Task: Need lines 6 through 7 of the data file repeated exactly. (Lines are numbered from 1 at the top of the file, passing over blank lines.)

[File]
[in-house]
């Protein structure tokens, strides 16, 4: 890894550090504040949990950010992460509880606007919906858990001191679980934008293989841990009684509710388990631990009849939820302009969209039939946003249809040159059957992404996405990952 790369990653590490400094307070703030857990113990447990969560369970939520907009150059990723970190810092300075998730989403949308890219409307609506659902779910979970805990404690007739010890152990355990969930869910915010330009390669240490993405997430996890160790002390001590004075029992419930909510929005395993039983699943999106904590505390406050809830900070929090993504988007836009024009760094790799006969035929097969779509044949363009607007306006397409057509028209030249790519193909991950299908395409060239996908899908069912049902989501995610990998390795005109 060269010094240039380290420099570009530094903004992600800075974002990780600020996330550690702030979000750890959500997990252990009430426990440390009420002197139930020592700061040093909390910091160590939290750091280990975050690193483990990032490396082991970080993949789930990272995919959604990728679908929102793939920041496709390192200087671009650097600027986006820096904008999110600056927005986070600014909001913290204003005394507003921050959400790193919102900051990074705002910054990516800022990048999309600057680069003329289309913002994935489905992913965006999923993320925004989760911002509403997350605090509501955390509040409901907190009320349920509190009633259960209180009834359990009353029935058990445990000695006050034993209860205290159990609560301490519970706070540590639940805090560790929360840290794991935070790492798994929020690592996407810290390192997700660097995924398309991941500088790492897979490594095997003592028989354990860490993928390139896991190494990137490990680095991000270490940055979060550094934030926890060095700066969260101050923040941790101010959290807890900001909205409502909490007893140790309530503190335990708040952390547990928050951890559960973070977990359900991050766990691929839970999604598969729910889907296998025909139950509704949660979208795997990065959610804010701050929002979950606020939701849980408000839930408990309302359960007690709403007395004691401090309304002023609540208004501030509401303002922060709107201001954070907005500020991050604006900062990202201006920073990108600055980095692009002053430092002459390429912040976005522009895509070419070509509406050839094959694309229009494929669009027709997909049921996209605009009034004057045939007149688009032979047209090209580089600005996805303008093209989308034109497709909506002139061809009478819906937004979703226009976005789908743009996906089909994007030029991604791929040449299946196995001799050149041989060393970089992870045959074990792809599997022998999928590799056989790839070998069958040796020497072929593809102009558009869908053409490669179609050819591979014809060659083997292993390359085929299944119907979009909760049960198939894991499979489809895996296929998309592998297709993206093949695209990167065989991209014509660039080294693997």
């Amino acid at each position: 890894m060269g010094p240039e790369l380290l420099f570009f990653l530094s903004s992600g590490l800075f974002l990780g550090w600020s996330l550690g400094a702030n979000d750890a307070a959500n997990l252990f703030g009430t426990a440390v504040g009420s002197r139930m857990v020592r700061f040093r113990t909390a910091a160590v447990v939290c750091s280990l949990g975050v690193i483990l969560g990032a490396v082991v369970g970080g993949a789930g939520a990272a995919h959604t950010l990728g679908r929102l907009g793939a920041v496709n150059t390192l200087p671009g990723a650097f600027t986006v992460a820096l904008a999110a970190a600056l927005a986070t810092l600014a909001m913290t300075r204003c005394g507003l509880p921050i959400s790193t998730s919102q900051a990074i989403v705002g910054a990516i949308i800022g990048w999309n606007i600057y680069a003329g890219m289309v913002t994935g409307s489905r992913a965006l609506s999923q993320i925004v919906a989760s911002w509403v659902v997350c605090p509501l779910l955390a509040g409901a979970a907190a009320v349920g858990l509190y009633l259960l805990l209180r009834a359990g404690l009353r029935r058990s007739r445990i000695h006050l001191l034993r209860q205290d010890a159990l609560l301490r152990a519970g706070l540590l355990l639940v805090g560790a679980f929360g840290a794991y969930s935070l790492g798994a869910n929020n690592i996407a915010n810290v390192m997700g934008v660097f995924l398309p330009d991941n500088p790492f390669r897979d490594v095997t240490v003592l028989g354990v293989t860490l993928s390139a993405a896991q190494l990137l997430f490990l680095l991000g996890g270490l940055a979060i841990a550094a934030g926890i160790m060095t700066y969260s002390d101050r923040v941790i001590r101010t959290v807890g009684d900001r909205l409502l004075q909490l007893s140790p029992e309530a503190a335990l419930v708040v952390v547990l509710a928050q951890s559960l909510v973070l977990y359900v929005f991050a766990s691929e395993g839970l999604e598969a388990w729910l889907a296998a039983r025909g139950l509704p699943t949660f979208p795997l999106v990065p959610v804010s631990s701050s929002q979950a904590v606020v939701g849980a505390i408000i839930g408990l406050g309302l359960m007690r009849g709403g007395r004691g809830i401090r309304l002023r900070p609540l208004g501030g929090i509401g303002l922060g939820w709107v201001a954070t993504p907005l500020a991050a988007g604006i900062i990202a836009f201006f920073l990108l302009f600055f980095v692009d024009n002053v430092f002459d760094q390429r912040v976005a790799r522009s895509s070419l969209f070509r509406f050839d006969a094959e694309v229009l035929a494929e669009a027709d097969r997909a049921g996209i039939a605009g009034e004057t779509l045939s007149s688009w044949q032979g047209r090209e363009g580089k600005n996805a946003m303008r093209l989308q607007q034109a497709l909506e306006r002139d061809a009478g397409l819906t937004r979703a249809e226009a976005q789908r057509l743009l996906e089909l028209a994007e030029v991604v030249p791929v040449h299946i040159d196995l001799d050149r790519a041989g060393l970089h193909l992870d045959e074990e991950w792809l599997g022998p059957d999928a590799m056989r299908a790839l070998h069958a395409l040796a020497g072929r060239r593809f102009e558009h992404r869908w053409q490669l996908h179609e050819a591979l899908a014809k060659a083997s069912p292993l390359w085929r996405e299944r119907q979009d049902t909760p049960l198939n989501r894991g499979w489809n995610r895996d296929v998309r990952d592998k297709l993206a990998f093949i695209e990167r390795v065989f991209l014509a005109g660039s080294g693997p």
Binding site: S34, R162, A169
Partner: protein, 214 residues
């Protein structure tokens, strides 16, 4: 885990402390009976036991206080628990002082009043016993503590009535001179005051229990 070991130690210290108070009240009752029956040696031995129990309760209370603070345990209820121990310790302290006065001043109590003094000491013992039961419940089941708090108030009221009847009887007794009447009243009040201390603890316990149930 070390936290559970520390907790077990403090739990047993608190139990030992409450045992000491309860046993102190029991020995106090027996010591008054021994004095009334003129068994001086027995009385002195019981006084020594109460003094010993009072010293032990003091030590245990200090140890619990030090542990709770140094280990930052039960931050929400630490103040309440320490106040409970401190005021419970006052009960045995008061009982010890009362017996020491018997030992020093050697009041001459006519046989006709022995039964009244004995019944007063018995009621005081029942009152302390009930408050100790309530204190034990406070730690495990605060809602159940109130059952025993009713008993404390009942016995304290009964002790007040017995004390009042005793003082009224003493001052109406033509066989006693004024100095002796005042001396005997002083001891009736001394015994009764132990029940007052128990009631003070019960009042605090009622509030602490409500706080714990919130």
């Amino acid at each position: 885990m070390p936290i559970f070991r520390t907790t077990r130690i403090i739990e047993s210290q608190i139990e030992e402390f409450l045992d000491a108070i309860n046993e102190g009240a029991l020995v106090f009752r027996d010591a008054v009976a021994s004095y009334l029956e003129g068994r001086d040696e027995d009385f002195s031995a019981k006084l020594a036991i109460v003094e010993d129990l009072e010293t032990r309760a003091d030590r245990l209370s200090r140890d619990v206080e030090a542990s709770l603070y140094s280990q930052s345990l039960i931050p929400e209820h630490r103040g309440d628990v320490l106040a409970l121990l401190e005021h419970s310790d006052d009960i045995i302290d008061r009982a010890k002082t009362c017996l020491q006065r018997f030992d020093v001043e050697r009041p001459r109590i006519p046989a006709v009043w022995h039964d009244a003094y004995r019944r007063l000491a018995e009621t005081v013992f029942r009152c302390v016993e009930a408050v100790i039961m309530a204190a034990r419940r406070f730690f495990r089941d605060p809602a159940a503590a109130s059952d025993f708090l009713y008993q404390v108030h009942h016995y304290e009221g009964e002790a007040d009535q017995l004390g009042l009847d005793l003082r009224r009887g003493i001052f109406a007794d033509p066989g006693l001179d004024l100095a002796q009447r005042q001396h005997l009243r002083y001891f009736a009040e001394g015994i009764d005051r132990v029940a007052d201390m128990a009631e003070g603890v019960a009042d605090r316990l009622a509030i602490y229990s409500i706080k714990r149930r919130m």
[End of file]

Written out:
């Protein structure tokens, strides 16, 4: 885990402390009976036991206080628990002082009043016993503590009535001179005051229990 070991130690210290108070009240009752029956040696031995129990309760209370603070345990209820121990310790302290006065001043109590003094000491013992039961419940089941708090108030009221009847009887007794009447009243009040201390603890316990149930 070390936290559970520390907790077990403090739990047993608190139990030992409450045992000491309860046993102190029991020995106090027996010591008054021994004095009334003129068994001086027995009385002195019981006084020594109460003094010993009072010293032990003091030590245990200090140890619990030090542990709770140094280990930052039960931050929400630490103040309440320490106040409970401190005021419970006052009960045995008061009982010890009362017996020491018997030992020093050697009041001459006519046989006709022995039964009244004995019944007063018995009621005081029942009152302390009930408050100790309530204190034990406070730690495990605060809602159940109130059952025993009713008993404390009942016995304290009964002790007040017995004390009042005793003082009224003493001052109406033509066989006693004024100095002796005042001396005997002083001891009736001394015994009764132990029940007052128990009631003070019960009042605090009622509030602490409500706080714990919130």
């Amino acid at each position: 885990m070390p936290i559970f070991r520390t907790t077990r130690i403090i739990e047993s210290q608190i139990e030992e402390f409450l045992d000491a108070i309860n046993e102190g009240a029991l020995v106090f009752r027996d010591a008054v009976a021994s004095y009334l029956e003129g068994r001086d040696e027995d009385f002195s031995a019981k006084l020594a036991i109460v003094e010993d129990l009072e010293t032990r309760a003091d030590r245990l209370s200090r140890d619990v206080e030090a542990s709770l603070y140094s280990q930052s345990l039960i931050p929400e209820h630490r103040g309440d628990v320490l106040a409970l121990l401190e005021h419970s310790d006052d009960i045995i302290d008061r009982a010890k002082t009362c017996l020491q006065r018997f030992d020093v001043e050697r009041p001459r109590i006519p046989a006709v009043w022995h039964d009244a003094y004995r019944r007063l000491a018995e009621t005081v013992f029942r009152c302390v016993e009930a408050v100790i039961m309530a204190a034990r419940r406070f730690f495990r089941d605060p809602a159940a503590a109130s059952d025993f708090l009713y008993q404390v108030h009942h016995y304290e009221g009964e002790a007040d009535q017995l004390g009042l009847d005793l003082r009224r009887g003493i001052f109406a007794d033509p066989g006693l001179d004024l100095a002796q009447r005042q001396h005997l009243r002083y001891f009736a009040e001394g015994i009764d005051r132990v029940a007052d201390m128990a009631e003070g603890v019960a009042d605090r316990l009622a509030i602490y229990s409500i706080k714990r149930r919130m």